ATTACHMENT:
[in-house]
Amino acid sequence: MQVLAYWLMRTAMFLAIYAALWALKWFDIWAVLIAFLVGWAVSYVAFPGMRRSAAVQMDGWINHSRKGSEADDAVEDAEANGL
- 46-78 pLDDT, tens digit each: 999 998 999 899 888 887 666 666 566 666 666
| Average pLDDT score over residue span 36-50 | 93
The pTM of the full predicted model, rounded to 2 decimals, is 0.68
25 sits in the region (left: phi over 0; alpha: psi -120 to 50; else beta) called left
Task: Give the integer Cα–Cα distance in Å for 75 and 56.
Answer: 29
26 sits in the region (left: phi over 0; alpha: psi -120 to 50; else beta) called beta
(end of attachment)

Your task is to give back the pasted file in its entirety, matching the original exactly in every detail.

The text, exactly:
[in-house]
Amino acid sequence: MQVLAYWLMRTAMFLAIYAALWALKWFDIWAVLIAFLVGWAVSYVAFPGMRRSAAVQMDGWINHSRKGSEADDAVEDAEANGL
- 46-78 pLDDT, tens digit each: 999 998 999 899 888 887 666 666 566 666 666
| Average pLDDT score over residue span 36-50 | 93
The pTM of the full predicted model, rounded to 2 decimals, is 0.68
25 sits in the region (left: phi over 0; alpha: psi -120 to 50; else beta) called left
Task: Give the integer Cα–Cα distance in Å for 75 and 56.
Answer: 29
26 sits in the region (left: phi over 0; alpha: psi -120 to 50; else beta) called beta